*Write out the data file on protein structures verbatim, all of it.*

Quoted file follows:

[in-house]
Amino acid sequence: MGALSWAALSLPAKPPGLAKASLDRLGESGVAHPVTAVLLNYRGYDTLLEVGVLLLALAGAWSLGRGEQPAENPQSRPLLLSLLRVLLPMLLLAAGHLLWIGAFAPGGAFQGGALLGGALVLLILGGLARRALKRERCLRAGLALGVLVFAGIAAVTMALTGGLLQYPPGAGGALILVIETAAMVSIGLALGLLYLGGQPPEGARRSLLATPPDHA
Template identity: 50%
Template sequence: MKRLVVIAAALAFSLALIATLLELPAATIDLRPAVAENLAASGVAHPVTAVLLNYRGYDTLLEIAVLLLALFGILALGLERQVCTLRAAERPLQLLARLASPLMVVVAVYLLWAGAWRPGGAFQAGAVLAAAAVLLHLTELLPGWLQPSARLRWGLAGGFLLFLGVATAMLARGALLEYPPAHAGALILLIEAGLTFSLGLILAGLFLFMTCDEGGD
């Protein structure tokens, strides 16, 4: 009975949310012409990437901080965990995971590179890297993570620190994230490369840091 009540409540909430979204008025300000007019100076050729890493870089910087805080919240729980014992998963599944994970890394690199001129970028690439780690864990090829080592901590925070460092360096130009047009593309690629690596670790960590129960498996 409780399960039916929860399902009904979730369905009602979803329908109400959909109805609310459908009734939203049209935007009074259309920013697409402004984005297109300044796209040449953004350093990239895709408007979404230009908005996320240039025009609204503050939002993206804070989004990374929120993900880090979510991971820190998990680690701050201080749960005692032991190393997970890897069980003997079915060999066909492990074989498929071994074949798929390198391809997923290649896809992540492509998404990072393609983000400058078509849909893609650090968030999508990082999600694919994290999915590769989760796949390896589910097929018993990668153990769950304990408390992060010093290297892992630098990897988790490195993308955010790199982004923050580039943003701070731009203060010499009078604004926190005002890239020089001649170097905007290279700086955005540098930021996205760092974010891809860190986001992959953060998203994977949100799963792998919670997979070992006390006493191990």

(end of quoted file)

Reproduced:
[in-house]
Amino acid sequence: MGALSWAALSLPAKPPGLAKASLDRLGESGVAHPVTAVLLNYRGYDTLLEVGVLLLALAGAWSLGRGEQPAENPQSRPLLLSLLRVLLPMLLLAAGHLLWIGAFAPGGAFQGGALLGGALVLLILGGLARRALKRERCLRAGLALGVLVFAGIAAVTMALTGGLLQYPPGAGGALILVIETAAMVSIGLALGLLYLGGQPPEGARRSLLATPPDHA
Template identity: 50%
Template sequence: MKRLVVIAAALAFSLALIATLLELPAATIDLRPAVAENLAASGVAHPVTAVLLNYRGYDTLLEIAVLLLALFGILALGLERQVCTLRAAERPLQLLARLASPLMVVVAVYLLWAGAWRPGGAFQAGAVLAAAAVLLHLTELLPGWLQPSARLRWGLAGGFLLFLGVATAMLARGALLEYPPAHAGALILLIEAGLTFSLGLILAGLFLFMTCDEGGD
């Protein structure tokens, strides 16, 4: 009975949310012409990437901080965990995971590179890297993570620190994230490369840091 009540409540909430979204008025300000007019100076050729890493870089910087805080919240729980014992998963599944994970890394690199001129970028690439780690864990090829080592901590925070460092360096130009047009593309690629690596670790960590129960498996 409780399960039916929860399902009904979730369905009602979803329908109400959909109805609310459908009734939203049209935007009074259309920013697409402004984005297109300044796209040449953004350093990239895709408007979404230009908005996320240039025009609204503050939002993206804070989004990374929120993900880090979510991971820190998990680690701050201080749960005692032991190393997970890897069980003997079915060999066909492990074989498929071994074949798929390198391809997923290649896809992540492509998404990072393609983000400058078509849909893609650090968030999508990082999600694919994290999915590769989760796949390896589910097929018993990668153990769950304990408390992060010093290297892992630098990897988790490195993308955010790199982004923050580039943003701070731009203060010499009078604004926190005002890239020089001649170097905007290279700086955005540098930021996205760092974010891809860190986001992959953060998203994977949100799963792998919670997979070992006390006493191990």